How to Start a Conversation About Mental Health

How to Cope With Bad Mental Health Days When You Live Alone
August 31, 2021
Why You Should Explain Your Life Experiences to Others
September 13, 2021
Show all

Mental health has become more of a growing concern in recent years. There are television shows, podcasts, and broad pop-culture conversations about how to deal with mental health. The world has even begun to make mental health resources more accessible. Overall, addressing mental health is becoming more mainstream, meaning that more people can identify their concerns and find ways to navigate towards healing.

The question remains: how do you start having conversations about mental health? Whether it is with family members, friends, or a partner, opening up about your mental health is not an easy thing to do. On the other hand, asking about someone else’s mental health can be difficult as well. You want to show that you are there for them and that you support them, but at the same time, you want to be sensitive and not push too hard if they are not ready to share.

It takes courage to begin these conversations, so you should be proud of yourself for taking the first step. You are showing your empathy and respect for the person on the other side of the conversation.

A Guide to Getting Started

Before talking about mental health, ensure you have enough time planned out for the conversation. This doesn’t mean you have to wait to schedule hours at a time, though. There is never a right or wrong moment to bring up mental health.

It is best to have uninterrupted time that avoids distractions and provides a quiet and safe space for people to share. If you feel it would be beneficial, find resources online that can guide the conversation. Many articles and resources can provide questions and prompts to prepare you.

It is also important to acknowledge that the conversation does not need to be in person. For many people, sharing their experiences in person is extremely challenging. While talking in person is great, it is not the only option. When discussing a new topic such as mental health, you may find it easier to text, email, FaceTime, or Zoom call. This allows both people to be comfortable in their own space while also avoiding any uncomfortable eye contact or nonverbal cues that would be seen in person.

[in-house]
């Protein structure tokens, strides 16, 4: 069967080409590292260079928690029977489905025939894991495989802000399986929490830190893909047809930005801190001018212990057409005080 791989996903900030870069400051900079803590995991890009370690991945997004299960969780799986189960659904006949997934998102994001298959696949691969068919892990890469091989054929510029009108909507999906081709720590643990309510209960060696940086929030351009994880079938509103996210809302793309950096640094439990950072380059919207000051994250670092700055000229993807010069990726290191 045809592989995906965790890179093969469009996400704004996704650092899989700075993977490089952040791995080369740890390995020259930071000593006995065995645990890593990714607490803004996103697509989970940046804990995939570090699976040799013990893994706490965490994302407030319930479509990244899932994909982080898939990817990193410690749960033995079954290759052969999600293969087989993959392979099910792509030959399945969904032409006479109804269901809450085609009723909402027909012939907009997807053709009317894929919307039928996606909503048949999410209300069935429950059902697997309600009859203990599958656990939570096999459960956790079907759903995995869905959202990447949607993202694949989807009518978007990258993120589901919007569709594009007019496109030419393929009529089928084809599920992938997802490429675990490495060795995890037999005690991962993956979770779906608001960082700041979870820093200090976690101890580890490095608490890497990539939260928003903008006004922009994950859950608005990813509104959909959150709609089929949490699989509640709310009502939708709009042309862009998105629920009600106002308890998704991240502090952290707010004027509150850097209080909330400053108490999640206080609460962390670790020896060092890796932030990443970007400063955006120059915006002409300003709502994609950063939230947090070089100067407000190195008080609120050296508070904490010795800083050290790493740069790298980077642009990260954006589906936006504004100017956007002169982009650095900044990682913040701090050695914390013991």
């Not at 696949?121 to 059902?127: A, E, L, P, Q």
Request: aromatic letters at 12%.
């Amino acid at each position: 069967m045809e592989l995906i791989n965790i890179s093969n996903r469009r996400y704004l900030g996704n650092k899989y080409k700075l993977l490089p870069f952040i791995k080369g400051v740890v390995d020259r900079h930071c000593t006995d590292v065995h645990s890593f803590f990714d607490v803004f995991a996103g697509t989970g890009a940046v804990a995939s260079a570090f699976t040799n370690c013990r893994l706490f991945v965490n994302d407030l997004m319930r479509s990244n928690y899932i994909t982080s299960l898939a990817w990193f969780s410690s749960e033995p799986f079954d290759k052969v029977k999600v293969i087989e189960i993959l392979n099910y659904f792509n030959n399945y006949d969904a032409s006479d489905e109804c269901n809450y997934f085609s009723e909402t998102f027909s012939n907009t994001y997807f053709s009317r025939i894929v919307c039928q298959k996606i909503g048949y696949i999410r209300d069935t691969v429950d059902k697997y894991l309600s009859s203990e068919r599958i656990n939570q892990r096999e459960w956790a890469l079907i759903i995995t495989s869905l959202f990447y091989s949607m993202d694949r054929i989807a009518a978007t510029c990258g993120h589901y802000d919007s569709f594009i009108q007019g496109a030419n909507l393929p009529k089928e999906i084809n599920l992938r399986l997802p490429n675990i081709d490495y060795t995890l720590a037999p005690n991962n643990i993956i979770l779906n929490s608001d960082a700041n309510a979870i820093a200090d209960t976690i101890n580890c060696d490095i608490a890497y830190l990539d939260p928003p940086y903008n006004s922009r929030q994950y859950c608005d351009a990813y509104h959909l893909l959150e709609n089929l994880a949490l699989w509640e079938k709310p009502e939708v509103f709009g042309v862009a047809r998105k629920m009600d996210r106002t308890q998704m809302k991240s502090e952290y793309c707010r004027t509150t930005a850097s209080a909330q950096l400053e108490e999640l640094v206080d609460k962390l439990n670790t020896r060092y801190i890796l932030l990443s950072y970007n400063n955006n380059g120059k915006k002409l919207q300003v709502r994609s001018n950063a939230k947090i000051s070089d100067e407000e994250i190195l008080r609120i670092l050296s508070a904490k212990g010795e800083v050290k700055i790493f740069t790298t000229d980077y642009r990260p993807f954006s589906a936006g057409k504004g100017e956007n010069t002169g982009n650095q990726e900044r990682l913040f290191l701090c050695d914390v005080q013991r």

Ask, Listen, and Seek to Understand

Now that you are prepared to have a conversation about mental health, it is time to begin. One of the easiest ways to start is to ask someone how they’re doing. Ask intently and wait for a response. The goal is to ensure the other person knows that you are not asking just to be polite but because you genuinely want to know.

A good general rule is to ask twice. Try out this guide: first, ask, “how are you doing?” Then, you wait for a response, including a more direct prompt in the next question, such as “Seriously, how have you been? I noticed you’ve been distant while at work.” This will let the person know that you actively care about their feelings and mental health.

Actively listening plays a pivotal role in making people feel seen, heard, and cared for. Allow the person to take their time as they answer your questions. Remember, these conversations may take time to feel comfortable in. Allow room for each person to finish their sentences and complete their thoughts without interrupting. Try not to redirect the conversation back to yourself or your experiences. Instead, offer verbal or nonverbal cues to encourage continued support.

Now that you and the other person have taken time to share about their feelings, emotions, and mental health, it is time to reassure the other person that you understand. If the other person has finished talking, thank them for sharing, and let them know you understand. Now could be the time that you share some of your mental health experiences, as well. While doing this, be sure not to redirect the attention from the other person to yourself. The purpose of this action is to let them know that they are not alone.

Starting With What You Have

If you don’t understand, that is okay. It is still appropriate to thank them for sharing. You can show that you support their mental well-being by doing research or simply asking them what they need at that moment. It is okay not to have all of the answers. You are likely not a licensed mental health professional. When beginning a conversation about mental health, starting is the most important part, and you’ve already done that!

Starting the conversation about mental health is pivotal to be more comfortable with seeking help. This is something that can save the lives of others. Many people have a busy, fast-paced life, to the point where there is rarely time to have deep, life-changing conversations. This is why taking the time out to have those conversations needs to be planned. Once you take that time out, make sure to enter the discussion with an open mind. Don’t forget that these conversations don’t have to occur in person, and they do not have to be long. Talking on the phone, via text, or even on social media can be an effective way to have a healthy discussion. If you feel like you don’t have anyone to talk to, no problem! The Kimberly Center specializes in helping people discuss their issues with anxiety, depression, or addiction. Contact us today at (855) 452-3683 for information on how we can help you. 

Kimberly Center Staff
Kimberly Center Staff
Publishing account for ADDICTION RECOVERY

Leave a Reply

Your email address will not be published. Required fields are marked *